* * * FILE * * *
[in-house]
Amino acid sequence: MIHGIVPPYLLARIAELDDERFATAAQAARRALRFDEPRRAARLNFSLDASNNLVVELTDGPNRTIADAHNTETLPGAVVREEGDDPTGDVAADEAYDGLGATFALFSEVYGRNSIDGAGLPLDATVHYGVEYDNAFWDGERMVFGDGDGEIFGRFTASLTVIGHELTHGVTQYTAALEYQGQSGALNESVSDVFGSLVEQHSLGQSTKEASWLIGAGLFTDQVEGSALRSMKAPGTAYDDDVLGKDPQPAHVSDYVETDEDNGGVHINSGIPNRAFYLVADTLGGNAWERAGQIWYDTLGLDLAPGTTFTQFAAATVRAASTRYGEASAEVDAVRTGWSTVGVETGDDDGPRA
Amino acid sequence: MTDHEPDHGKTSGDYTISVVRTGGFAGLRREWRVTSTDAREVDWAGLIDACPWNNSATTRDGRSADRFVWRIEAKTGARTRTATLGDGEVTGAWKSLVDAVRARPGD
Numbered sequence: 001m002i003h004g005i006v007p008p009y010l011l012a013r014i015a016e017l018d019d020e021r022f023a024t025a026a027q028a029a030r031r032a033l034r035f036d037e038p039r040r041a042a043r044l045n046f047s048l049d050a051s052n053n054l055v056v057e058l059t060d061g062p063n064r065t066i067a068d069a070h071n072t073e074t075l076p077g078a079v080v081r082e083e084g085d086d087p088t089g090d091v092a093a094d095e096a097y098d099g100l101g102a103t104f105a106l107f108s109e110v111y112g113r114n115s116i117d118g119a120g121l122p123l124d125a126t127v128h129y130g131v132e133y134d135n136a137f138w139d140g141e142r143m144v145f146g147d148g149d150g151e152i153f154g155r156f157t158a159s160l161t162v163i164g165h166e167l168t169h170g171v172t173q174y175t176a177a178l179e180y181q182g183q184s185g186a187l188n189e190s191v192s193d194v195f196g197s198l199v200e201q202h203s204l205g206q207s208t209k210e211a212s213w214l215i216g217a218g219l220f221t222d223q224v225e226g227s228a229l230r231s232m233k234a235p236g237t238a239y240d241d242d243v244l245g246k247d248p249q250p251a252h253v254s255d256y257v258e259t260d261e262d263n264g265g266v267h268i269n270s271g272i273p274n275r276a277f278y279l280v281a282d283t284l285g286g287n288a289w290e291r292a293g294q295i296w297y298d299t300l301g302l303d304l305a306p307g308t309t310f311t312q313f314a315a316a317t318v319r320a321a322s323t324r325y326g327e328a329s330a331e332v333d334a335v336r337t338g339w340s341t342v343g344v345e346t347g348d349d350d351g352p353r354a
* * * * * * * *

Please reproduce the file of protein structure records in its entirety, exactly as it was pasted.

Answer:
[in-house]
Amino acid sequence: MIHGIVPPYLLARIAELDDERFATAAQAARRALRFDEPRRAARLNFSLDASNNLVVELTDGPNRTIADAHNTETLPGAVVREEGDDPTGDVAADEAYDGLGATFALFSEVYGRNSIDGAGLPLDATVHYGVEYDNAFWDGERMVFGDGDGEIFGRFTASLTVIGHELTHGVTQYTAALEYQGQSGALNESVSDVFGSLVEQHSLGQSTKEASWLIGAGLFTDQVEGSALRSMKAPGTAYDDDVLGKDPQPAHVSDYVETDEDNGGVHINSGIPNRAFYLVADTLGGNAWERAGQIWYDTLGLDLAPGTTFTQFAAATVRAASTRYGEASAEVDAVRTGWSTVGVETGDDDGPRA
Amino acid sequence: MTDHEPDHGKTSGDYTISVVRTGGFAGLRREWRVTSTDAREVDWAGLIDACPWNNSATTRDGRSADRFVWRIEAKTGARTRTATLGDGEVTGAWKSLVDAVRARPGD
Numbered sequence: 001m002i003h004g005i006v007p008p009y010l011l012a013r014i015a016e017l018d019d020e021r022f023a024t025a026a027q028a029a030r031r032a033l034r035f036d037e038p039r040r041a042a043r044l045n046f047s048l049d050a051s052n053n054l055v056v057e058l059t060d061g062p063n064r065t066i067a068d069a070h071n072t073e074t075l076p077g078a079v080v081r082e083e084g085d086d087p088t089g090d091v092a093a094d095e096a097y098d099g100l101g102a103t104f105a106l107f108s109e110v111y112g113r114n115s116i117d118g119a120g121l122p123l124d125a126t127v128h129y130g131v132e133y134d135n136a137f138w139d140g141e142r143m144v145f146g147d148g149d150g151e152i153f154g155r156f157t158a159s160l161t162v163i164g165h166e167l168t169h170g171v172t173q174y175t176a177a178l179e180y181q182g183q184s185g186a187l188n189e190s191v192s193d194v195f196g197s198l199v200e201q202h203s204l205g206q207s208t209k210e211a212s213w214l215i216g217a218g219l220f221t222d223q224v225e226g227s228a229l230r231s232m233k234a235p236g237t238a239y240d241d242d243v244l245g246k247d248p249q250p251a252h253v254s255d256y257v258e259t260d261e262d263n264g265g266v267h268i269n270s271g272i273p274n275r276a277f278y279l280v281a282d283t284l285g286g287n288a289w290e291r292a293g294q295i296w297y298d299t300l301g302l303d304l305a306p307g308t309t310f311t312q313f314a315a316a317t318v319r320a321a322s323t324r325y326g327e328a329s330a331e332v333d334a335v336r337t338g339w340s341t342v343g344v345e346t347g348d349d350d351g352p353r354a